Hi all, I started to look into event handlers, and there is something I would like to ask, sorry if this is a silly one. I can see that different Java components generate different events when the user interacts with them, but when it comes down to 1)which interface the class that represents the event handler implements (ActionListener,ItemListener etc) and 2) what type of event is generated (ActionEvent, ItemEvent etc), how do I know which one to use? I mean, so far I know that if I want to implement event handling for, say, a textField, the inner class (or anonymous one which I haven't looked into as yet) implements the ActionListener interface and that the event passed on to the class method is and ActionEvent. But how do I know what each java component does? "API" I hear you saying, and well, "To an extent" I'd reply. If I have a look in the API for textField I have a list as long as my arm of methods, classes, etc etc http://docs.oracle.com/javase/7/docs/api/java/awt/TextField.html so how do I actually find what I want, as in which event does it trigger, how do I register the event handler? Or is it something that with time I will just know?

Sorry, but yes, the answer is in the API doc!
Just look for the addXxxListener methods (being alphbetical, they're conveniently near the beginnning of the summary list). Dopn't forget to look at the methods inherited from superclasse as well.

Here's a great tutorial
and this page includes a table of whuch events go with which common classes

Ps with Java 8 lambdas allow you to define a listener in a single concise expression http://docs.oracle.com/javase/tutorial/java/javaOO/lambdaexpressions.html#lambda-expressions-in-gui-applications

Or is it something that with time I will just know?

-yes you have to accept that some XxxListener firing only one events, another two

Thanks guys.
@JamesCherrill, thanks for the links I had seen at least one of those already :-). You mentioned Java 8 in another post already, but I think that for now I will stick to 7, I'd like to learn more (if I ever will) before upgrading and diving into a slightly different syntax

OK, that's your choice.
Personally I would question why anyone would spend time struggling to master the syntax of anonymous inner classes when they just became obsolete (unless they are working in an environment where Java 8 isn't allowed yet, or breaks existing applications), but hey ho.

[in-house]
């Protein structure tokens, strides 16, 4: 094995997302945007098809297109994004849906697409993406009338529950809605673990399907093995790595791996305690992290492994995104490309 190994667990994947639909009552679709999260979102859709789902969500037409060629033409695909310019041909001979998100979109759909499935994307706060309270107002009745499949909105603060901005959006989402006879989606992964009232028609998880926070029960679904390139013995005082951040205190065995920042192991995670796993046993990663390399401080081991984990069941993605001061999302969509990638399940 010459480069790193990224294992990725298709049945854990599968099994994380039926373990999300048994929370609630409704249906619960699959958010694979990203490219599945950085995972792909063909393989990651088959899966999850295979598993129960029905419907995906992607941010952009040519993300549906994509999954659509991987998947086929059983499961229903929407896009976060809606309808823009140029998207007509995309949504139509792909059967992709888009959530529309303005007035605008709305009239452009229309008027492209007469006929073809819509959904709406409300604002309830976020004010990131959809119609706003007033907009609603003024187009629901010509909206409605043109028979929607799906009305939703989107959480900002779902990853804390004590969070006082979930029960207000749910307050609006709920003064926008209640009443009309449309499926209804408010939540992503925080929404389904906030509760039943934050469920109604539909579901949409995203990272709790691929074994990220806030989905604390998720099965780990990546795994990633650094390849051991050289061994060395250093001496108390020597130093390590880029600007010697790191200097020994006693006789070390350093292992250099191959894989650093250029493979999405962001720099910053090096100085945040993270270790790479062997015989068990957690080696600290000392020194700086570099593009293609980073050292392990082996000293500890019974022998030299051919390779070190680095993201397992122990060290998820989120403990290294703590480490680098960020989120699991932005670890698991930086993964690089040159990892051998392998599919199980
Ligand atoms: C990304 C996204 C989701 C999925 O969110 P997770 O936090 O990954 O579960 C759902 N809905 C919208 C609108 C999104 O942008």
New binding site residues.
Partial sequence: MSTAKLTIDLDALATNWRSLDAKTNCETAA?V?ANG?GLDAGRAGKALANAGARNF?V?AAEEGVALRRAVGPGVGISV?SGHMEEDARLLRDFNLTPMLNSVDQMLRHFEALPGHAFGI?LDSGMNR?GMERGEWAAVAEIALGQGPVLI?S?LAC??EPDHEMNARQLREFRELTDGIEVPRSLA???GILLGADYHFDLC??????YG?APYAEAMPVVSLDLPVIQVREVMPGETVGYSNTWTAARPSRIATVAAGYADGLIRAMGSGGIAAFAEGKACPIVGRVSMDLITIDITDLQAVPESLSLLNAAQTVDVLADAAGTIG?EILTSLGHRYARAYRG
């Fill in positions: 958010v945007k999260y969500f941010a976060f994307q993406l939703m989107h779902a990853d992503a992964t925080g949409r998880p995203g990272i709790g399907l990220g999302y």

uhm, well I can't argue with that...as I am going through anonymous classes right now...

ahm, sorry to resurrect an old thread, but it is relevant to what I am doing now. I want to find out what events a JButton supports. I am on the API page and hell, where do I find the type of events supported?! I know there is a tutorial here and I am looking at that too http://docs.oracle.com/javase/tutorial/uiswing/events/eventsandcomponents.html#all but if it wasn't for the table in the tutorial telling me which event is supported, I would be completely lost

In the API doc look for adddXXXListener methods. Don't forget to check all the methods in the "Methods inherited from class XXX" sections.

JButton has no such methods of it own, but it inherits

addActionListener, addChangeListener, addItemListener from AbstractButton,

addAncestorListener, addVetoableChangeListener from JComponent,

addContainerListener, addPropertyChangeListener from Container,

addComponentListener, addFocusListener, addHierarchyBoundsListener, addHierarchyListener, addInputMethodListener, addKeyListener, addMouseListener, addMouseMotionListener, addMouseWheelListener from Component

.. so that's the definitive list of all the listeners youcan add to a JButton.

  • most of JComponents has own model then for ButtonModel are accesible the same XxxListener as for AbstractButton

  • from ButtonModel (exclusivelly by using ChangeListener only) is possible to get all mouse & key events from/for/over JButton

right, thanks guys, sorry, I just finding it incredibly difficult to find my way around the API.

Yes, it's not easy to se the inherited members in particular. It would be great to have an (optional) mode in which all the available methods were listed (with parameters etc) together in one alphabetic listing.
Stick with it... working with the API JavaDoc is an essential Java skill, and it does get easier with practice.

Will try! thanks!

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